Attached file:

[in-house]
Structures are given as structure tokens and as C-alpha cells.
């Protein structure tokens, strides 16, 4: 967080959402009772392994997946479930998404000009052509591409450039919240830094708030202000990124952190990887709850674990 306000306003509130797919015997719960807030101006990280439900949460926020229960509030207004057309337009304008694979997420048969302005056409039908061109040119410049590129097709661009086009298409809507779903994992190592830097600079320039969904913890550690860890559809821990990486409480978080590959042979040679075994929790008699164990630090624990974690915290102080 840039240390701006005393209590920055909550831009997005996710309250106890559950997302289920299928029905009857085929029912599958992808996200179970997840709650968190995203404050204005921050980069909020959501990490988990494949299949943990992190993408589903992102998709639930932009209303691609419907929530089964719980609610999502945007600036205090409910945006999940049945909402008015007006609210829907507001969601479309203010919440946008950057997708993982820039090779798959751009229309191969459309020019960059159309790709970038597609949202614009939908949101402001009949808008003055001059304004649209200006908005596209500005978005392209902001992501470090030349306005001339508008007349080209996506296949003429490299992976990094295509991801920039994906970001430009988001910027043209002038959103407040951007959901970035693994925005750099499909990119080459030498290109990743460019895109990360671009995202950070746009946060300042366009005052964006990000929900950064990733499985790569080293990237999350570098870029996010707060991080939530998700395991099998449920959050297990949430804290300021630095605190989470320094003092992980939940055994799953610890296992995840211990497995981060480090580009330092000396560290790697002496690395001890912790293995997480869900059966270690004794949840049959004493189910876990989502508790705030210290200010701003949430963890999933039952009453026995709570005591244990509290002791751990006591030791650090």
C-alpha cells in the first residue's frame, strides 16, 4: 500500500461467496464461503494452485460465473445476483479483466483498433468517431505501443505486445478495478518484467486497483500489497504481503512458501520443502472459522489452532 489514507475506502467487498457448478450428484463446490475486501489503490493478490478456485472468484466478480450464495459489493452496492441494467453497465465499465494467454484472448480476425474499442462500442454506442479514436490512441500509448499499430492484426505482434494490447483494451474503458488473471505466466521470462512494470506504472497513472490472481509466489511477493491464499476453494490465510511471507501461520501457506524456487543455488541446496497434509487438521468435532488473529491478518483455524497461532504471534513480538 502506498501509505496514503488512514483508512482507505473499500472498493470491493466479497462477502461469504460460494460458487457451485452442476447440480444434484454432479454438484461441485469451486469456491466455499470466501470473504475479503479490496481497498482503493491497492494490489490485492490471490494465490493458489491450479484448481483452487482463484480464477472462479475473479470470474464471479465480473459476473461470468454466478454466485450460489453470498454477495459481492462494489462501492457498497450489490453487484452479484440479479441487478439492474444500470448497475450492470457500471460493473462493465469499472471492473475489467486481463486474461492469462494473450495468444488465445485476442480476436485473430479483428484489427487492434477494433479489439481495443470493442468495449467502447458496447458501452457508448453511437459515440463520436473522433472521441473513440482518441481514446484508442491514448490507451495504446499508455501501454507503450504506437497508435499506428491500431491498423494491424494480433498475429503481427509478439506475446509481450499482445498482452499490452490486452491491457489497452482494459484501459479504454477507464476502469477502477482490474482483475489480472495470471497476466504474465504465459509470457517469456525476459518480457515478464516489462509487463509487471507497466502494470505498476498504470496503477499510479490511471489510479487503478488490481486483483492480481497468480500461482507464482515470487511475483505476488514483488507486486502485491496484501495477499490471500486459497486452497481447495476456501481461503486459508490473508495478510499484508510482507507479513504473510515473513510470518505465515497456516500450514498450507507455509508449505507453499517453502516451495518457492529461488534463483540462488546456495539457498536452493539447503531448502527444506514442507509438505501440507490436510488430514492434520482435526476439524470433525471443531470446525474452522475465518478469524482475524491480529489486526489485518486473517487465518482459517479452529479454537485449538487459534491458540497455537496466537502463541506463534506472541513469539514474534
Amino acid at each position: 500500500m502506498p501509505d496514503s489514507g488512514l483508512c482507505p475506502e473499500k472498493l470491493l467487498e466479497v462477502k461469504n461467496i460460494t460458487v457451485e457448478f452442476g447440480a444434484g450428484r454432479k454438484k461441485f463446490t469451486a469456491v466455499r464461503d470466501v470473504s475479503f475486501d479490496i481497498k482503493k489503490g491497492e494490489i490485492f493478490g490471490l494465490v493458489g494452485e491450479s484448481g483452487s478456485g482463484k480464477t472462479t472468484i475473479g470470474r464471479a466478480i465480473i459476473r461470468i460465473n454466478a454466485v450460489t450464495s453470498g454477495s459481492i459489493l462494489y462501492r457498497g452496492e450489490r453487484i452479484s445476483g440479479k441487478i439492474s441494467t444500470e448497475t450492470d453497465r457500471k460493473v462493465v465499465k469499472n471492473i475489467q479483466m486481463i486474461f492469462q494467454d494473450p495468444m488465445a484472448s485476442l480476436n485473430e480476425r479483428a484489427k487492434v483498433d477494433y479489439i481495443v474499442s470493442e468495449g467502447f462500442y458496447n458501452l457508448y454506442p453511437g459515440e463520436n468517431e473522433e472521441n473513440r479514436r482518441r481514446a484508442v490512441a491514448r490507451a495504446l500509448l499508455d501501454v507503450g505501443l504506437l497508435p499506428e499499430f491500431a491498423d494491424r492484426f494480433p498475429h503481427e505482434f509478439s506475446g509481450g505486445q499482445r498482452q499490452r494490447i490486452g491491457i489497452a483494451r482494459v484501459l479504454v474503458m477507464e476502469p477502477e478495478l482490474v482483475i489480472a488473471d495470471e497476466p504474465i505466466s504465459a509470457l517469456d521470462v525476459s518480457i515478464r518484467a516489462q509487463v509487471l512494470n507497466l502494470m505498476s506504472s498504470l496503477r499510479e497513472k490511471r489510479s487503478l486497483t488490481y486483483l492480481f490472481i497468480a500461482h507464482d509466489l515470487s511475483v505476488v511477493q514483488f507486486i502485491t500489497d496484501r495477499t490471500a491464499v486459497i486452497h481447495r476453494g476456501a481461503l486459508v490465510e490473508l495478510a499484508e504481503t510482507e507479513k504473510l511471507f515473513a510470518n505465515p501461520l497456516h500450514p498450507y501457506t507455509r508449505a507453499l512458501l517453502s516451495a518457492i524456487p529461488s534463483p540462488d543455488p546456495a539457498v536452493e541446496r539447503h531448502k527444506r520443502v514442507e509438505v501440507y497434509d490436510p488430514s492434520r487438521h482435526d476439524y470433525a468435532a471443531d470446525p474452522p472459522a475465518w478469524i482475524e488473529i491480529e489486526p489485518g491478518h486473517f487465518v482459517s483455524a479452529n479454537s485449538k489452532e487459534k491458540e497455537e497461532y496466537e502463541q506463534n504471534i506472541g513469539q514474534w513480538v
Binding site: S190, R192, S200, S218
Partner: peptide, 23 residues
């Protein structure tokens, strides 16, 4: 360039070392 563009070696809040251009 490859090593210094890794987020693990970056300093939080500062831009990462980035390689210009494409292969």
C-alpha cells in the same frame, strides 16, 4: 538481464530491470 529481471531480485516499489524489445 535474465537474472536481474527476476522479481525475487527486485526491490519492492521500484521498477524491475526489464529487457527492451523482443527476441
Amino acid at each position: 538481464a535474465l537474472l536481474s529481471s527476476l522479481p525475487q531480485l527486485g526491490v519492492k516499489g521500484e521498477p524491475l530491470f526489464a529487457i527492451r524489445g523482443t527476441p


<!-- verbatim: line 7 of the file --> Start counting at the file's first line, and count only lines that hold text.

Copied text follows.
Partner: peptide, 23 residues